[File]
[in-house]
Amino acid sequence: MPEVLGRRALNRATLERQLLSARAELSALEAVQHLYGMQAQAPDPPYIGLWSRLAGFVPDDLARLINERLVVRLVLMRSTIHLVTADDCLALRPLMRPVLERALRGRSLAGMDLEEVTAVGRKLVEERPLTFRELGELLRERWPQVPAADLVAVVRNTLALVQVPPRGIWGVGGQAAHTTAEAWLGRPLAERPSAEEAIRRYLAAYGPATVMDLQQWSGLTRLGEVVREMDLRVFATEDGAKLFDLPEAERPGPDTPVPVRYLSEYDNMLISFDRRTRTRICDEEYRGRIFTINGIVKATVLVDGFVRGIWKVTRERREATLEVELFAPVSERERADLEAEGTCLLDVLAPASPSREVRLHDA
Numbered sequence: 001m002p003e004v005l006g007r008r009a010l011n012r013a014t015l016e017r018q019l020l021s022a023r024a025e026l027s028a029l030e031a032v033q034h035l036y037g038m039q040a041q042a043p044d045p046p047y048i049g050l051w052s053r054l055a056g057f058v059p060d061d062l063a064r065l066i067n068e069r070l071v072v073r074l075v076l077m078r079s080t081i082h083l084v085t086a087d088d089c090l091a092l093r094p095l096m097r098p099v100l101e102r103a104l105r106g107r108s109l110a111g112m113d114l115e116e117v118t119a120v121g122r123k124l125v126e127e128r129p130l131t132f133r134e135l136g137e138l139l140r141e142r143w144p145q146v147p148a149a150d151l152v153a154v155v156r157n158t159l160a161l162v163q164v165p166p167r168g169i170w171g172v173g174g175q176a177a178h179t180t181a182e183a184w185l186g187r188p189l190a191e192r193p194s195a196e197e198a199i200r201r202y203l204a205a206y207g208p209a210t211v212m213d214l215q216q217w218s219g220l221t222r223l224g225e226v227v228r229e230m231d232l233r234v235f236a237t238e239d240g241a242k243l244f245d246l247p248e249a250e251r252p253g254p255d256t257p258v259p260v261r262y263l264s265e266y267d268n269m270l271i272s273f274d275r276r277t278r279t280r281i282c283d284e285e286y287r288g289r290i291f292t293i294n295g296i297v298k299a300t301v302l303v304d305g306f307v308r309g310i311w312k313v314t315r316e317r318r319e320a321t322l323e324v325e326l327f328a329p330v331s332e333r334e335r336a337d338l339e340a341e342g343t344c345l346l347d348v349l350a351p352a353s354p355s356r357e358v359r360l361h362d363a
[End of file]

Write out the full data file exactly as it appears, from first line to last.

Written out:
[in-house]
Amino acid sequence: MPEVLGRRALNRATLERQLLSARAELSALEAVQHLYGMQAQAPDPPYIGLWSRLAGFVPDDLARLINERLVVRLVLMRSTIHLVTADDCLALRPLMRPVLERALRGRSLAGMDLEEVTAVGRKLVEERPLTFRELGELLRERWPQVPAADLVAVVRNTLALVQVPPRGIWGVGGQAAHTTAEAWLGRPLAERPSAEEAIRRYLAAYGPATVMDLQQWSGLTRLGEVVREMDLRVFATEDGAKLFDLPEAERPGPDTPVPVRYLSEYDNMLISFDRRTRTRICDEEYRGRIFTINGIVKATVLVDGFVRGIWKVTRERREATLEVELFAPVSERERADLEAEGTCLLDVLAPASPSREVRLHDA
Numbered sequence: 001m002p003e004v005l006g007r008r009a010l011n012r013a014t015l016e017r018q019l020l021s022a023r024a025e026l027s028a029l030e031a032v033q034h035l036y037g038m039q040a041q042a043p044d045p046p047y048i049g050l051w052s053r054l055a056g057f058v059p060d061d062l063a064r065l066i067n068e069r070l071v072v073r074l075v076l077m078r079s080t081i082h083l084v085t086a087d088d089c090l091a092l093r094p095l096m097r098p099v100l101e102r103a104l105r106g107r108s109l110a111g112m113d114l115e116e117v118t119a120v121g122r123k124l125v126e127e128r129p130l131t132f133r134e135l136g137e138l139l140r141e142r143w144p145q146v147p148a149a150d151l152v153a154v155v156r157n158t159l160a161l162v163q164v165p166p167r168g169i170w171g172v173g174g175q176a177a178h179t180t181a182e183a184w185l186g187r188p189l190a191e192r193p194s195a196e197e198a199i200r201r202y203l204a205a206y207g208p209a210t211v212m213d214l215q216q217w218s219g220l221t222r223l224g225e226v227v228r229e230m231d232l233r234v235f236a237t238e239d240g241a242k243l244f245d246l247p248e249a250e251r252p253g254p255d256t257p258v259p260v261r262y263l264s265e266y267d268n269m270l271i272s273f274d275r276r277t278r279t280r281i282c283d284e285e286y287r288g289r290i291f292t293i294n295g296i297v298k299a300t301v302l303v304d305g306f307v308r309g310i311w312k313v314t315r316e317r318r319e320a321t322l323e324v325e326l327f328a329p330v331s332e333r334e335r336a337d338l339e340a341e342g343t344c345l346l347d348v349l350a351p352a353s354p355s356r357e358v359r360l361h362d363a